- Harvard, MIT, Boston University, & Berklee College of Music – Peter & Paul will do evangelism on campuses. They will begin Campus Worship at Berklee College of Music every Monday, at Harvard every Tuesday, at MIT every Wednesday, at Boston University every Thursday beginning in September.
- Meeting existing international student ministry leaders.
- Pittsburgh – Ryan Dutra will seek partnerships with churches and begin to recruit families to host international students. He will help organize a monthly international student dinner.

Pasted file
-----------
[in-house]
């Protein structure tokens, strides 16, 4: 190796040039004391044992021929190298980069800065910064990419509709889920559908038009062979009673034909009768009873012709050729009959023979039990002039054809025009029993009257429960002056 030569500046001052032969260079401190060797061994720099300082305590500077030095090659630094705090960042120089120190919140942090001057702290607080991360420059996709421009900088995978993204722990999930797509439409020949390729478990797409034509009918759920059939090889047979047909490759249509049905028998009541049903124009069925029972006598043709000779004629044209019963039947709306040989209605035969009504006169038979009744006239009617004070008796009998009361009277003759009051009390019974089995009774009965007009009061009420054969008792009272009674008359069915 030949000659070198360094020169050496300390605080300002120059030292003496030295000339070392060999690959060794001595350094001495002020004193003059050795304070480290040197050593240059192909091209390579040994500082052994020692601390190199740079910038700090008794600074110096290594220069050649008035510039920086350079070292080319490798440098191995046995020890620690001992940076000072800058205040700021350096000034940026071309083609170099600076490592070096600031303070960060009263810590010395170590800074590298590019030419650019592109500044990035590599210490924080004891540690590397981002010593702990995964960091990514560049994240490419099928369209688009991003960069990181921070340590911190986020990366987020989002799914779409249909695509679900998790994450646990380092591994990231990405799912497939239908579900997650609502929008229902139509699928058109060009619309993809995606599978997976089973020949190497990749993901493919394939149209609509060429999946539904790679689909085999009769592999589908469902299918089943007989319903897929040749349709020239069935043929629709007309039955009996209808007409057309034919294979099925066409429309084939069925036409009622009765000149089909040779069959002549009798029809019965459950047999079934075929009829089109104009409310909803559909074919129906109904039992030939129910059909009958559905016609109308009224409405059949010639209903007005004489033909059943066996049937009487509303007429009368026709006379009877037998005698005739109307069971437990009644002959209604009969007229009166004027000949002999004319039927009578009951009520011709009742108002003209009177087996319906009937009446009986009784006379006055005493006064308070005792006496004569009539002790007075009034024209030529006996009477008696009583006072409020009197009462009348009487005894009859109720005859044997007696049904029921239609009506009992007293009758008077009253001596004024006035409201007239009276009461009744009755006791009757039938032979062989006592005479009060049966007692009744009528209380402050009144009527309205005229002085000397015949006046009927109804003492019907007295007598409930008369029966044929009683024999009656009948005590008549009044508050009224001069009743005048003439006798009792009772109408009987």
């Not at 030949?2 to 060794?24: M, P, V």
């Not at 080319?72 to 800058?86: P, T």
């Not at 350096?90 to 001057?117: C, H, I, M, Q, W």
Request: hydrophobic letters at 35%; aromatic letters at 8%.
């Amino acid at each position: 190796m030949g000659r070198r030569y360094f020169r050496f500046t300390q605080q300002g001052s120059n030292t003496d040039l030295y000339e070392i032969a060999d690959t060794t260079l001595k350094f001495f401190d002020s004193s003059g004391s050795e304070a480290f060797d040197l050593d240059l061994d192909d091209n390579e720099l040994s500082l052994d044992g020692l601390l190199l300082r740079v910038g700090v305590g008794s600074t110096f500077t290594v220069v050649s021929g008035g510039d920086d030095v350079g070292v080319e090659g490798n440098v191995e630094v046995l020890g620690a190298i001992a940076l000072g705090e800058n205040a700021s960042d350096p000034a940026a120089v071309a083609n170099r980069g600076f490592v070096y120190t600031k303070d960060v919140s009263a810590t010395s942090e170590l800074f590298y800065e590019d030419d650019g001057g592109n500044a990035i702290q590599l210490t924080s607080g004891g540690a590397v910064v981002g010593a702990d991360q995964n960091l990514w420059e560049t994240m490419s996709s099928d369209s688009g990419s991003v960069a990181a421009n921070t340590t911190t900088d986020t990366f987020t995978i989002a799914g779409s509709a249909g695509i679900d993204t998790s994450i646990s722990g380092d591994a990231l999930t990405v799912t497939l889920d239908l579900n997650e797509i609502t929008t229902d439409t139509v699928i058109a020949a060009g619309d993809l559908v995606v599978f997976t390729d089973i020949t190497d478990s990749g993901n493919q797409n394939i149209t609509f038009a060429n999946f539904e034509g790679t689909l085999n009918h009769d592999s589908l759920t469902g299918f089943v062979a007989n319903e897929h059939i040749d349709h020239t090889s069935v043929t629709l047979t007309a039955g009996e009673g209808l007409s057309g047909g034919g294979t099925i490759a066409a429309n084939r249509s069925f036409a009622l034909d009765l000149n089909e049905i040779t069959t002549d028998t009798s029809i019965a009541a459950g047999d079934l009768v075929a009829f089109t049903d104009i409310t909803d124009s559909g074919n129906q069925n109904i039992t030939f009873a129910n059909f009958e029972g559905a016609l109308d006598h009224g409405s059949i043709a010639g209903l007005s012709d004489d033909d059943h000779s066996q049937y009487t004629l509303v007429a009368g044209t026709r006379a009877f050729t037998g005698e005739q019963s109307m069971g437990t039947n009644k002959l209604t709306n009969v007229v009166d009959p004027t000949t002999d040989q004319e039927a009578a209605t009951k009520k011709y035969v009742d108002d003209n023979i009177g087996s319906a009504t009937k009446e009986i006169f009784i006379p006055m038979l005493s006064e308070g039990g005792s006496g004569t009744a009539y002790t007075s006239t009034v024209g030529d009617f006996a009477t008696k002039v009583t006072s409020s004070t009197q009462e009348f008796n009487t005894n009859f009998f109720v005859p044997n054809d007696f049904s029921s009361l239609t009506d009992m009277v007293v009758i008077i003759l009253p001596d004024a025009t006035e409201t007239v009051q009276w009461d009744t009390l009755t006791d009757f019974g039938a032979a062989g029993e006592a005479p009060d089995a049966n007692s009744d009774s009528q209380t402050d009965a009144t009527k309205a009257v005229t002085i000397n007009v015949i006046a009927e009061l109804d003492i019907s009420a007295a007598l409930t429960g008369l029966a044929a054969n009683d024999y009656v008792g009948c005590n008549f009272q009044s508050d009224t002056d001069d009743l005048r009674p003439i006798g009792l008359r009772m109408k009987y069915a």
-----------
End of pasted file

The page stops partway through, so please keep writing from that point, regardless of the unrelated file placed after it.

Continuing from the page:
- Deonn McDowell (SMC/YWAM Tyler) offers herself as resource teacher on Intimacy with God (Created for Relationship, Hearing God’s Voice, Intercessory Prayer, Meditation on Scripture, Nature & Character of God, and Love Needs), Also Spiritual Warfare, & Humanism. (Can teach 2 sessions of 6 sessions)
- SuCheor Jang (SMC MD), Peter & Paul (YWAM Boston), and TaeOh (SMC/YWAM Atlanta), will serve the next bi-lingual East Coast USA UDTS in 2012.
FMI & Outreaches
- SuCheor Jang (SMC – MD) will go with Summer 2011 UDTS from Richmond, VA
- Paul & Peter (YWAM – Boston) will take 3 week campus evangelism and English teaching outreach to Delhi, India in Jan. 2012
- John Henry (SMC Int’l Office) will coordinate FMI team leadership training for any who need it in 2012 & 2012.
- Deonn McDowell (SMC/YWAM Tyler) will attempt to go to campuses on outreach to Israel with SOE in Oct. 2011.
- Deonn McDowell (SMC/YWAM Tyler) offering to assist with mini-DTS Seminar.